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Tachelhit (Shilha, Soussiya, Southern Shilha, Susiya, Tachilhit, Tashelheyt, Tashelhit, Tashilheet, Tashlhiyt, Tasoussit) belongs to the Northern Berber group of the Afro-Asiatic language family. Tachelhit is the Berber name of the language, while Shilha is the general Arabic term for Moroccan Berber languages. One of the most widely spoken Berber languages, mapTachelhit is spoken by 3.9 million people in primarily in Morocco, but also in Algeria and France (Ethnologue).



Tachelhit has no official status neither in Morocco nor in Algeria. Many male speakers are bilingual in Tachelhit and Arabic, while women tend to be monolingual and not speak Arabic.


Tachelhit has not been studied enough to ascertain differences in the regional varieties of the language. However, there is a difference between the spoken and written varieties of the language. The written variety contains more Arabic loanwords and grammatical constructions that are no longer used in the present-day spoken variety of the language.


Sound system

The sound system of Tachelhit has a number of features that are common to other Berber languages.

Tachelhit has three vowel phonemes, i.e., sounds that can differentiate word meaning.

Mid xxx



Tachelhit has a very rich consonant system consisting of 32 phonemes, i.e., sounds that can differentiate word meaning. It has a number of unique features, some of which are detailed below.

  • There is a variety of velaruvularpharyngeal and glottal consonants produced in the back of the oral cavity.
  • There are both plain and pharyngealized consonants that are produced with a partial closure of the glottis during the articulation of the consonant.
  • There is a distinction between labialized and plain velar and uvular consonants. Labialized consonants are produced with a simultaneous rounding of the lips while the sound is being articulate
  • Like many Afro-Asiatic languages, native Tachelhit words do not have the consonants /p/ and /v/. These sounds occur only in borrowed words.
  • Most consonants can be geminated (doubled). Geminated consonants are produced with a longer closure than their single counterparts


Below is a chart of Tachelhit consonants from Wikipedia.

tachelhit consonants

  • /ṭ, ḍ, ṣ, ẓ, ḷ, ṛ/ are pharyngealized consonants produced with a partial closure of the glottis during the articulation of the consonant. They have no equivalents in English.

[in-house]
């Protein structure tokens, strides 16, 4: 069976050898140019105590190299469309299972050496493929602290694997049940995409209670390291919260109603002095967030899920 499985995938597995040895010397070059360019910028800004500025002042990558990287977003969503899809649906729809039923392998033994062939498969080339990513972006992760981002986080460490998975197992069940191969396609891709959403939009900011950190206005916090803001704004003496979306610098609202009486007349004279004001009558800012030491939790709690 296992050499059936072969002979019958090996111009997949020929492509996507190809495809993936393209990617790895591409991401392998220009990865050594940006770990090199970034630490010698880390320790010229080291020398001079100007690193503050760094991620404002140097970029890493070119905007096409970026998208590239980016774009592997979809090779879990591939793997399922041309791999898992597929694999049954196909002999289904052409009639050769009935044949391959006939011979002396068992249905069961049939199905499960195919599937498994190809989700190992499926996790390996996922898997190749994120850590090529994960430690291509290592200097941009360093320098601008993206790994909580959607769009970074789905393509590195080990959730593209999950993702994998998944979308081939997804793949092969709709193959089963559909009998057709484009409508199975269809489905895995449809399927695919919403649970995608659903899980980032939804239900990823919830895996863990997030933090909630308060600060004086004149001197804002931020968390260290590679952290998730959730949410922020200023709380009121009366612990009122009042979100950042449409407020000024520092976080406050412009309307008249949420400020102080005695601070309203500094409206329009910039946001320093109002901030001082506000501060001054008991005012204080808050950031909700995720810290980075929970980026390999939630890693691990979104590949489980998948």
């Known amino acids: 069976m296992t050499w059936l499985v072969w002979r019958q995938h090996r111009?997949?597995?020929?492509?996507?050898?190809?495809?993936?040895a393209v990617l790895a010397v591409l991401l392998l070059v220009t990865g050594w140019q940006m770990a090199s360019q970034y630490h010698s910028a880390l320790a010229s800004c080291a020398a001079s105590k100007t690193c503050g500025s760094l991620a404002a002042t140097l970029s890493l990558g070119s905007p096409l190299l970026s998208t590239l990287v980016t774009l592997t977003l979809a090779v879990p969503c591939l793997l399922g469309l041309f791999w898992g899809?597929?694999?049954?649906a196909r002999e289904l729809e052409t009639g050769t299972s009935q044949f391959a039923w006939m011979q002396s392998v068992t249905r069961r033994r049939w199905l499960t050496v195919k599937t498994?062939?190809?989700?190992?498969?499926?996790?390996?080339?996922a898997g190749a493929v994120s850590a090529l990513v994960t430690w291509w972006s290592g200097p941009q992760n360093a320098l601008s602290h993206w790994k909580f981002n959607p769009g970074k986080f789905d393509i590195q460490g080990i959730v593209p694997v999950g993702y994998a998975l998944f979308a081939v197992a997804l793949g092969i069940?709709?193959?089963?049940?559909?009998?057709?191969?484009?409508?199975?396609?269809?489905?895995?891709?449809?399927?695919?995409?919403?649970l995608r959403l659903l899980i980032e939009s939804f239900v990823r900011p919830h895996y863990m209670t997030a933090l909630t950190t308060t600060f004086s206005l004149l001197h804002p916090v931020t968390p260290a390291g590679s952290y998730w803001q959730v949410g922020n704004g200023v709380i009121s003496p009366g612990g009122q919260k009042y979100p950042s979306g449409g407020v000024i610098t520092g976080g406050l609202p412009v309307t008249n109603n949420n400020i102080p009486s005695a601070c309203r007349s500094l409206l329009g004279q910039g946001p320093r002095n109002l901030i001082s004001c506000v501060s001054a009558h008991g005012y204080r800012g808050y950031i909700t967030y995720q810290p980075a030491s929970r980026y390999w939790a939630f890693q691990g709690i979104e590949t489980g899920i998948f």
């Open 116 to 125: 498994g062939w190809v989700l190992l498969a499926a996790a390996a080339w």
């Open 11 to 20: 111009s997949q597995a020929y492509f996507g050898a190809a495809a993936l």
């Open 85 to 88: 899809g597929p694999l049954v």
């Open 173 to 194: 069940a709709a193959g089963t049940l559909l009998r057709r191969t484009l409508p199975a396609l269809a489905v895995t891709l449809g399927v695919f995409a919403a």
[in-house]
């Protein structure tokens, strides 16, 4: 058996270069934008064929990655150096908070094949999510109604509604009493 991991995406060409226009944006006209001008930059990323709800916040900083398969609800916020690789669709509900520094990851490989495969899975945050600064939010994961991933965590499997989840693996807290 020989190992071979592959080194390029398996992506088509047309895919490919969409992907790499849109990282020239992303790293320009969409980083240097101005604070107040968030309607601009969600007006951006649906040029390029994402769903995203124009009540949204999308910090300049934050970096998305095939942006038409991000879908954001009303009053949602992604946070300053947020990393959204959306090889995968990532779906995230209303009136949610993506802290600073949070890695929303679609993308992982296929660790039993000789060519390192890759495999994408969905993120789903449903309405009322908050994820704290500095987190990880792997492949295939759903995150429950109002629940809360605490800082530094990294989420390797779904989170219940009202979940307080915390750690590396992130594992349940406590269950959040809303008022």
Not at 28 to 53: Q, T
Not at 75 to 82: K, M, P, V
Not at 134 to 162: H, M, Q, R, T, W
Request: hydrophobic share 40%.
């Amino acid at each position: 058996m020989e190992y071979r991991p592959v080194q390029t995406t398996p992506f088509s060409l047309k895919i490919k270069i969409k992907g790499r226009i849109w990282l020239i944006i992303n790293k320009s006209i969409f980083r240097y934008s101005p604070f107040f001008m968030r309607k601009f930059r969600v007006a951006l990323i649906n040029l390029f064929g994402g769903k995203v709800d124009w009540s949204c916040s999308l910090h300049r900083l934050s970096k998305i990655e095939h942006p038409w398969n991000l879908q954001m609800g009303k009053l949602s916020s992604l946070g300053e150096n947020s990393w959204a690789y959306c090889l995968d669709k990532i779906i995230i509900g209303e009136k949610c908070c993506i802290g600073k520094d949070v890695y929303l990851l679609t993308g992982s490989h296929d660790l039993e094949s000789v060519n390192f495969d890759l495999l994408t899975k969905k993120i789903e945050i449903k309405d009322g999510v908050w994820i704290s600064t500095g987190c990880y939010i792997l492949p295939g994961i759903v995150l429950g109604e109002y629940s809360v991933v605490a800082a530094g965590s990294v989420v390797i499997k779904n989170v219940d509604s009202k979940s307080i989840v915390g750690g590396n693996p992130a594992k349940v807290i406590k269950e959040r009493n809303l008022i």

• /q, x, ɣ/ have no equivalents in English.
  • /kʷ, qʷ, gʷ, xʷ, ɣʷ/ are labialized consonants produced with a simultaneous rounding of the lips while the sound is being articulated. They have no equivalents in English. 
  • /ʡ/ is an epiglottal consonanti that s produced by obstructing airflow in the vocal tract.
  • /š/ sh in shop
  • /ž/ = s in measure




Nouns are marked for the following categories:

  • There are two genders: masculine and feminine.
  • There are two numbers: singular and plural. Plural can be marked by affixation, e.g., a-fullus ‘rooster’ and i-fullus-n ‘roosters,’ or by vowel change, e.g., a-gayyu ‘head’ and i-guyya ‘heads’. Sometimes, both mechanisms are used, e.g., ass ‘day’ and ussan ‘days.’
  • There are two cases: unmarked and marked. The unmarked case is used for subjects of verbs. The marked case is used after verbs, numerals and postpositions. It is marked by prefixation.



  • Personal pronouns are marked for gender (masculine or feminine) in the 2nd and 3rd persons both in the singular and in the plural, e.g., keyy(in) ‘you’ masculine singular, kemm(in) ‘you’ feminine singular, netta(n) ‘he’ and nettat ‘she’.
  • Personal pronouns have three cases: absolutive, direct object, and indirect object, e.g., nettat ‘she,’ (s)tt ‘her’ as direct object, a-s ‘her’ as indirect object.
  • There are two sets of possessive pronouns, each used for specific purposes. The first set is used for kinship and part-whole relations, e.g., baba-k ‘your (m) father’. The second set uses the preposition nn ‘of’, e.g., tigmmi-nn-k ‘your house’, literally, ‘house of you’.



  • Tachelhit verbs agree with their subjects in person, gender and number.
  • Person, gender and number of the subject are represented by affixes attached to verb roots.
  • Verbs have several tense/aspect distinctions, e.g., aorist — non past form without tense marking; preterite representing the past tense; intensive — imperfective that represents habitual or durative action.
  • There are three moods: indicativeimperative, and subjunctive.
  • Imperatives are unmarked in the singular and marked for gender in the plural.


Most prepositions have a short and a long form. The long form is used with pronominal suffixes, while the short form is used in all other contexts, e.g. nniga-s ‘on top of him/her’, nnig- tgmmi ‘on top of the house’.